Beyond Words: Celebrating 2015’s WGA-Nominated Screenwriters

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Photo credit: Variety

As awards season continues chugging along, the WGA-W, the Writer’s Guild Foundation, and Variety gathered together to celebrate 2015’s WGA-Award nominated screenwriters.

Andrea Berloff and Jonathan Herman (STRAIGHT OUTTA COMPTON), Aaron Sorkin (JOBS), John McNamara (TRUMBO), Charles Randolph and Adam McKay (THE BIG SHORT), Matt Charman (BRIDGE OF SPIES), Josh Singer and Tom McCarthy (SPOTLIGHT) and Drew Goddard (THE MARTIAN) took the stage at the WGA Theater to discuss their creative processes, what scenes they had to cut from their scripts, and how to approach script structure when dealing with real-life characters.

Even with original screenplay nominees Taylor Sheridan (SICARIO) and Amy Schumer (TRAINWRECK) unable to attend, the stage was packed as John August (this year’s recipient of the Valentine Davies Award) joined the 11 writers on stage to moderate. August told the audience we’d being seeing a lot of lightning round questions to keep the conversation moving.

August first asked the writers: How long was the production process of the film from initial conception to theatrical release?

THE MARTIAN: Three years

SPOTLIGHT: Four years

BRIDGE OF SPIES: Three years (11 months from pitch to production, an incredibly fast turnaround time)

CAROL: “Eighteen effing years,” as Nagy put it.

THE BIG SHORT: Five years

TRUMBO: Eight years

JOBS: Three years


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Ratings v. Downloads on the Black List Website

We’ve had some writers ask about the relationship between ratings and downloads, so I wanted to do a quick analysis on what writers can expect to see based on the ratings of their script. What I’ll do here is look at how the maximum score a script receives affects how much it’s downloaded.

The first chart looks at reader downloads and shows the max score a given script received and the number of downloads (5th, 25th, median, 75th, 95th percentiles; blue section is the middle 50 percent):


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The Black List Interview: Sean Macaulay

Description=By-line photo of Times Writer Sean MacAulay. Pic: Rupert Thorpe.

Photo by: Rupert Thorpe.


Today, we chat with SEAN MACAULAY, a screenwriter of 20th Century Fox’s EDDIE THE EAGLE, which stars Hugh Jackman and Taron Egerton, and will be released on February 26th. Today we talk with Sean about how the Black List helped him continue to shape EDDIE THE EAGLE (the project’s first writer, Simon Kelton, maintains a “Story By” credit and a screenplay credit in addition to Sean’s), and how he continues to hone his craft as a screenwriter.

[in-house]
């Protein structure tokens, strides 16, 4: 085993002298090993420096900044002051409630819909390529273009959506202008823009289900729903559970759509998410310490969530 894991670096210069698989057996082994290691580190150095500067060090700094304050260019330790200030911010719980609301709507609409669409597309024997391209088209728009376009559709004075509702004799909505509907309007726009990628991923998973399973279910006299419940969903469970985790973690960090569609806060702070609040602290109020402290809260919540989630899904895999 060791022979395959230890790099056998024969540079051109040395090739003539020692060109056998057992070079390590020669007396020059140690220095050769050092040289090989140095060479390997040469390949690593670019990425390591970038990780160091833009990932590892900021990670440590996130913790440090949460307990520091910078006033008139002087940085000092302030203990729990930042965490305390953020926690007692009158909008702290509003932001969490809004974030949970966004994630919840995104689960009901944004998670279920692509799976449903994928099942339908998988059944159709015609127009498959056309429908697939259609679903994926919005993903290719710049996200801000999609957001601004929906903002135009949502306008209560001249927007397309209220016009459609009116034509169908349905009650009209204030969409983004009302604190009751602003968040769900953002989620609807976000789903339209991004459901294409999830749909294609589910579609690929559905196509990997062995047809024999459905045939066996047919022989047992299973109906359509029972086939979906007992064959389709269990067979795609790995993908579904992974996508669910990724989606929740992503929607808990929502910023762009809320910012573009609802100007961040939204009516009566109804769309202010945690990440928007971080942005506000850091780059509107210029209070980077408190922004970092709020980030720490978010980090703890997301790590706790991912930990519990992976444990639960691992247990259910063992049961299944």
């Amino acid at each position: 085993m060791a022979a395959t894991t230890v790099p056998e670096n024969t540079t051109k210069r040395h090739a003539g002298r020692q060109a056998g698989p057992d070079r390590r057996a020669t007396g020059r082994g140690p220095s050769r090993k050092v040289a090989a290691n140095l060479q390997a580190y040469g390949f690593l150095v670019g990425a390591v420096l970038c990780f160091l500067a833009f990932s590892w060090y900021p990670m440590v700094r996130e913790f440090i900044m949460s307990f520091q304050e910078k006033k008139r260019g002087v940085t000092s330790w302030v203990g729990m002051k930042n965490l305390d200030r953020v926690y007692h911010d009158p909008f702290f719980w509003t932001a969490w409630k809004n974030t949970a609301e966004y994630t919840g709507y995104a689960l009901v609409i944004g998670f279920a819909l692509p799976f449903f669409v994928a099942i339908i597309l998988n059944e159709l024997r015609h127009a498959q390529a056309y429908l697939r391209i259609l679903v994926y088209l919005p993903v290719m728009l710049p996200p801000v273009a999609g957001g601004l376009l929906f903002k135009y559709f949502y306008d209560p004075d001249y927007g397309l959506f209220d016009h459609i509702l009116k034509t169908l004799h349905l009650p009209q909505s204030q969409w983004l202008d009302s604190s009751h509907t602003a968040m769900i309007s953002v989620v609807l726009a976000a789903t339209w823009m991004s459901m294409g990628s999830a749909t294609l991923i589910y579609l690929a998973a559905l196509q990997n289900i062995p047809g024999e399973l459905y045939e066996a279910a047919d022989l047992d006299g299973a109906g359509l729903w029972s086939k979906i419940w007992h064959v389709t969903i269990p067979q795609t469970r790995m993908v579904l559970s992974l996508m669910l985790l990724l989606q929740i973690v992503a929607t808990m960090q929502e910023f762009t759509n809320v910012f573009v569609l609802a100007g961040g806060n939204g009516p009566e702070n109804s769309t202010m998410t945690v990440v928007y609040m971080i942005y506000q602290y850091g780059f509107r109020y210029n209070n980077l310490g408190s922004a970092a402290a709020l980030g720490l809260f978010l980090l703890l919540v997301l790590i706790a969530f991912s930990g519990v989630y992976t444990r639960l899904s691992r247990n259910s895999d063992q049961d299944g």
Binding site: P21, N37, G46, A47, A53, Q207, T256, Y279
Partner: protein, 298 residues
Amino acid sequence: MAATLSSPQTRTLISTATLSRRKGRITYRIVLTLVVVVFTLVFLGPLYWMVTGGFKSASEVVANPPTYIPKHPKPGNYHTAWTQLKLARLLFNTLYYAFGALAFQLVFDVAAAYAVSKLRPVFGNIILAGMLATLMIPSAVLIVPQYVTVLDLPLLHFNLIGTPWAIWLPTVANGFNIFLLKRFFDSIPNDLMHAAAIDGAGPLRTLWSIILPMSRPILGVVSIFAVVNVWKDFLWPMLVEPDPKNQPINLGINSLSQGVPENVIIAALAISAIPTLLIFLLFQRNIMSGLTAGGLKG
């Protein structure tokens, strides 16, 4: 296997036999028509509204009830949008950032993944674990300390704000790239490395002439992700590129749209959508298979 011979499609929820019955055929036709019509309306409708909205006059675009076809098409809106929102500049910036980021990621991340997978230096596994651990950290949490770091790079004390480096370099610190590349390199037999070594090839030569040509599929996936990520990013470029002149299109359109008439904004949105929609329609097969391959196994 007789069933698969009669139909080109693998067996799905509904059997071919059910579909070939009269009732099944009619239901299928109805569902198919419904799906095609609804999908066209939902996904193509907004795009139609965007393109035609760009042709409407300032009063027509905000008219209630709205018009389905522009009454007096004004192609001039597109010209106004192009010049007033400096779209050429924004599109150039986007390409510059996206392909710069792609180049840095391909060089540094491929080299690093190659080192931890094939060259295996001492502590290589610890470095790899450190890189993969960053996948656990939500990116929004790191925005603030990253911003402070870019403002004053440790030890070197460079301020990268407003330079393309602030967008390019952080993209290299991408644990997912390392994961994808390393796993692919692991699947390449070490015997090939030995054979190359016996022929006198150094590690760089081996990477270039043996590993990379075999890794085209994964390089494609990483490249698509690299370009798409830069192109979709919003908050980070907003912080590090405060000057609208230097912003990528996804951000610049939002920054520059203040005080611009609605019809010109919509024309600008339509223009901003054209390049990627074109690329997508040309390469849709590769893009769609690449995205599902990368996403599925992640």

The Past:

What was the first film that had a major impact on your life?

Seeing THE MAGNIFICENT SEVEN up on the big-screen was pretty mind-blowing. Laconic macho heroes, heart-pounding score, flick knife-fights – everything a 7-year-old boy could want. Years later, it all came full circle when I wrote a long article for British GQ about James Coburn.

Was there a single film that made you want to be a screenwriter? 

It wasn’t any one film. I’d always loved movies and even kept a folder of my own reviews as a kid (“RAID ON ENTEBBE. Serviceable hostage drama – 2 stars.”). The turning point for me was reading my first genuinely great script – SCHINDLER’S LIST by Steve Zaillian. It’s so taut and clear and powerful without veering into sentimentality – just a beautifully realized piece of storytelling. I actually go back to that script more often than the movie, and the movie’s pretty terrific. (“Searing wartime drama – 5 stars.”)

What was the strangest job you ever had before becoming a writer?

I had my first article published in a national newspaper on my 20th birthday, so not too many strange jobs before I became a writer, unless you count house cleaner and tool shop assistant. Nothing was stranger than working as a journalist in the last great days of Fleet Street. I had to dress up as a woman, a 6ft banana and a taxi cab rapist. I used to sit next to Piers Morgan when we worked on the Sun. He called me a dangerous intellectual because I admitted seeing a film with subtitles. I got to interview everyone from George Hamilton to Joseph Heller to Ron Jeremy. A particular favorite was the Sikh owner of a curry restaurant in Wales who serenaded customers dressed as Elvis Presley. He called himself Patelvis. I can still remember his song: “I don’t drink whisky, I don’t drink bourbon/All I want to do is shake my turban!”

After I moved to LA, I worked for one very long day as an extra on a porn set alongside the likes of Anita Cannibal and Jezebel Flair. I got paid $50 for playing a zealous Arab bidding at a love slave auction. I had some thoughts on the script, but to my continued amazement no one wanted to know.

The Present:

How do you find ideas and how do you choose which ones to work on?